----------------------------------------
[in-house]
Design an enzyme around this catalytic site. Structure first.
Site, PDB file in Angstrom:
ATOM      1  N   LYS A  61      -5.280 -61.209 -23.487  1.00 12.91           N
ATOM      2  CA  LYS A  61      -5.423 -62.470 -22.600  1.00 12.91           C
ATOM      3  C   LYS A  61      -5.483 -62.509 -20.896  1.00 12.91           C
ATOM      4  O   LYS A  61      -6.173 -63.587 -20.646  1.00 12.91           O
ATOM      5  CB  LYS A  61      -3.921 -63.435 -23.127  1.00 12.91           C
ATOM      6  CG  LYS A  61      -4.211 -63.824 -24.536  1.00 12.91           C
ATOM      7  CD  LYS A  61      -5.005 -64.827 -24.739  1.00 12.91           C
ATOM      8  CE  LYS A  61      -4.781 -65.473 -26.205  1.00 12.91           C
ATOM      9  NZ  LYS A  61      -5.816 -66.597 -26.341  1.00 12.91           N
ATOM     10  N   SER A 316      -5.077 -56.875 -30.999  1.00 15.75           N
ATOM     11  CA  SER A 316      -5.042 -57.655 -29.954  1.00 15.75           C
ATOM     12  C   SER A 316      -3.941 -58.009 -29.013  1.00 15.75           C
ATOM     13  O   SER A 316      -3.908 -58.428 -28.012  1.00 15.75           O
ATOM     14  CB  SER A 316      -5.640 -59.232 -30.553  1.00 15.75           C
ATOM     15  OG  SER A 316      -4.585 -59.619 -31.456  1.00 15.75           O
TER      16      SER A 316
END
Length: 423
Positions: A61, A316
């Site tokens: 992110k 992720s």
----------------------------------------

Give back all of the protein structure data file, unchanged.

[in-house]
Design an enzyme around this catalytic site. Structure first.
Site, PDB file in Angstrom:
ATOM      1  N   LYS A  61      -5.280 -61.209 -23.487  1.00 12.91           N
ATOM      2  CA  LYS A  61      -5.423 -62.470 -22.600  1.00 12.91           C
ATOM      3  C   LYS A  61      -5.483 -62.509 -20.896  1.00 12.91           C
ATOM      4  O   LYS A  61      -6.173 -63.587 -20.646  1.00 12.91           O
ATOM      5  CB  LYS A  61      -3.921 -63.435 -23.127  1.00 12.91           C
ATOM      6  CG  LYS A  61      -4.211 -63.824 -24.536  1.00 12.91           C
ATOM      7  CD  LYS A  61      -5.005 -64.827 -24.739  1.00 12.91           C
ATOM      8  CE  LYS A  61      -4.781 -65.473 -26.205  1.00 12.91           C
ATOM      9  NZ  LYS A  61      -5.816 -66.597 -26.341  1.00 12.91           N
ATOM     10  N   SER A 316      -5.077 -56.875 -30.999  1.00 15.75           N
ATOM     11  CA  SER A 316      -5.042 -57.655 -29.954  1.00 15.75           C
ATOM     12  C   SER A 316      -3.941 -58.009 -29.013  1.00 15.75           C
ATOM     13  O   SER A 316      -3.908 -58.428 -28.012  1.00 15.75           O
ATOM     14  CB  SER A 316      -5.640 -59.232 -30.553  1.00 15.75           C
ATOM     15  OG  SER A 316      -4.585 -59.619 -31.456  1.00 15.75           O
TER      16      SER A 316
END
Length: 423
Positions: A61, A316
């Site tokens: 992110k 992720s």